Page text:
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Understanding Feed Ingredient Price Drivers

By: Ben Baer
President, Livestock Nutrition Center

“Corn is king!” We’ve all heard someone say that they can predict the price of their feed based on the price of corn. While there is some truth to this statement, feed costs are driven by more factors than the price of corn alone.

Feed prices are most heavily impacted by by-product prices

Efficient cattle feeding requires feed to be made with the most cost-effective and nutritious feedstuffs. By-products (e.g. dry distiller grains, corn gluten, wheat midds, and soy hulls) are nearly always the best value. By-products often represent 70%+ of pre-feedlot cattle rations. However, corn and by-products vary for some fundamental reasons:

The data below from the Chicago Mercantile Exchange show that the price of feed ingredients and corn do often correlate because demand for corn often mirrors overall market demand for feedstuffs and price is the primary method we have to manage corn supply from one harvest year to the next. However, there are periods in the market where the basic law of supply and demand for given feed ingredients moves by-product feed prices independently from corn.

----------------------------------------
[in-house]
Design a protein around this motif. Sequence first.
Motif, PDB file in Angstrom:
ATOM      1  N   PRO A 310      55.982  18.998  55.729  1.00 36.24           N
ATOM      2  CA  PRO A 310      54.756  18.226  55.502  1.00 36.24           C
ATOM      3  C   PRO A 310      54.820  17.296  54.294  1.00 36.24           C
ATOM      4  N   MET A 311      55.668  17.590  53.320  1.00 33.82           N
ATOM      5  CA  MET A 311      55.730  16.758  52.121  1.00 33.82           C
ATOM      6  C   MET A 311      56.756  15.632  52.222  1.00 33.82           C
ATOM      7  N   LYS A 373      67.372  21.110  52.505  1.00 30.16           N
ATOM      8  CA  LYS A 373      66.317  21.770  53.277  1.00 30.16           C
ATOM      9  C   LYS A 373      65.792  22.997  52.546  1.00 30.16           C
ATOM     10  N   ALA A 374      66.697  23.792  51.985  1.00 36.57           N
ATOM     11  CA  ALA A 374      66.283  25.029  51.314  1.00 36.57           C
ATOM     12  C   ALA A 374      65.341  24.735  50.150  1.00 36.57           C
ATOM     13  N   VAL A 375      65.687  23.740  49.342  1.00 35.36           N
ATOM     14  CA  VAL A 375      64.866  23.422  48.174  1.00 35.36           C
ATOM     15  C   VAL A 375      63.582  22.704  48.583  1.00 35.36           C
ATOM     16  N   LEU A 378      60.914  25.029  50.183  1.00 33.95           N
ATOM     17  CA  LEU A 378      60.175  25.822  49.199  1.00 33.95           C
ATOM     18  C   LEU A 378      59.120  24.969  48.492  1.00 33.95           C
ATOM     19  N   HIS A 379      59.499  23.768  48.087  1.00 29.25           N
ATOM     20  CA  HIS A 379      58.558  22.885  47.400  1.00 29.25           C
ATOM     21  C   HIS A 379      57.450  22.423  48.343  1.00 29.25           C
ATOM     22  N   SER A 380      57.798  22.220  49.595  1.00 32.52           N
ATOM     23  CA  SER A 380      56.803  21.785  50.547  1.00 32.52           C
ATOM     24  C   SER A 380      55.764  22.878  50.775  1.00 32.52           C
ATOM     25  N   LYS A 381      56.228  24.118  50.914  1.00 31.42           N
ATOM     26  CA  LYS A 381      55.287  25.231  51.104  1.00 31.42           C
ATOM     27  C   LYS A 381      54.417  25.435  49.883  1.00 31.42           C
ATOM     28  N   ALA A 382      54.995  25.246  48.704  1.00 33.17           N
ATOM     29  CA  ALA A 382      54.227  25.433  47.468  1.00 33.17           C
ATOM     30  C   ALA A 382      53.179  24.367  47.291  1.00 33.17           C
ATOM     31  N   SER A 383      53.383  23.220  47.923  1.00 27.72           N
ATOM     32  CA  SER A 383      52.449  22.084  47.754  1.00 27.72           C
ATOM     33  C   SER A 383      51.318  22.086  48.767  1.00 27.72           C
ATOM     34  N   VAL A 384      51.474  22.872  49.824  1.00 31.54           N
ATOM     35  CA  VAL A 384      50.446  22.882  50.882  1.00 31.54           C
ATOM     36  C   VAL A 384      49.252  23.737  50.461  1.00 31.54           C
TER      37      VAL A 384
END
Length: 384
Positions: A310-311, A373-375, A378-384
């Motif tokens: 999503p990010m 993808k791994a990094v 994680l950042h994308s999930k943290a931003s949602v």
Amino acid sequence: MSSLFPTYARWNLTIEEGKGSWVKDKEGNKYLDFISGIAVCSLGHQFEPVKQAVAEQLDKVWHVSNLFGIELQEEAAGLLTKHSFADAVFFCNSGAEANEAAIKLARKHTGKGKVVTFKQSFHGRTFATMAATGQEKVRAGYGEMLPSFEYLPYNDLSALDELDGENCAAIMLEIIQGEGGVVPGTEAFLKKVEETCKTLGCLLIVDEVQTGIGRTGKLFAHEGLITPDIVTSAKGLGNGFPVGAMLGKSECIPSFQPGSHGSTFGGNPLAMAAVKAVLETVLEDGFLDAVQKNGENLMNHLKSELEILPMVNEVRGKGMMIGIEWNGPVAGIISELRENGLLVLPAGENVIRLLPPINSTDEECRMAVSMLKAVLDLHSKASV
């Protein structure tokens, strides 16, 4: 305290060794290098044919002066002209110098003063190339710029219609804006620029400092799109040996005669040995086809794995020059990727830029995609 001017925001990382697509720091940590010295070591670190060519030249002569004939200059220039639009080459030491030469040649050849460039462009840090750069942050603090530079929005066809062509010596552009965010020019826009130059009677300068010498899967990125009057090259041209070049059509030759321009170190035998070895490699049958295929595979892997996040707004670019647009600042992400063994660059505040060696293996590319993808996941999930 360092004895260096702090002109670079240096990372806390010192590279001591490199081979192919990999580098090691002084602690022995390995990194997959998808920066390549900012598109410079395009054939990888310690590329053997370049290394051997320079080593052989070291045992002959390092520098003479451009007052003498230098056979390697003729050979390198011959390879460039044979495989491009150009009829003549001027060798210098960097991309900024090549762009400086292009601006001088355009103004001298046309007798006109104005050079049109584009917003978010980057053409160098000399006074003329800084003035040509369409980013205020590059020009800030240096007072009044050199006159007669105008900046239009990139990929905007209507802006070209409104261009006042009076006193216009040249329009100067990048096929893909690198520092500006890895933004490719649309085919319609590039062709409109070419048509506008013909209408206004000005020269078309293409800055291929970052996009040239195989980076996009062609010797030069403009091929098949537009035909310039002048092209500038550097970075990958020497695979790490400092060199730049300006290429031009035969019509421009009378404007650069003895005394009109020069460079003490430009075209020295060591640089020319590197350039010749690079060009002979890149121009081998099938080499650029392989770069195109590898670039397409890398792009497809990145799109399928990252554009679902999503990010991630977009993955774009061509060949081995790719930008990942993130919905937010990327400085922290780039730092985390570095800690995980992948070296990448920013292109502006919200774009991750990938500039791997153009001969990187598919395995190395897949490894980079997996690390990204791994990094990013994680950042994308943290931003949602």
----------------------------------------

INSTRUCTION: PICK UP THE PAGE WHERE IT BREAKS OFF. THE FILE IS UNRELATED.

As an example, in 2018, you can see corn gluten prices rose dramatically higher compared to corn. What drove this? A supply shortage of corn gluten due to processing issues at a major producer.


It’s important to have a nutritionist that will review and update your formulation to ensure you are continuing to get the right nutrition at the best price. Your feed manufacturer should have access to multiple ingredients that can meet your cattle’s nutrition needs (protein, energy, fiber, etc.) so that individual ingredient price/supply issues don’t drastically raise your prices.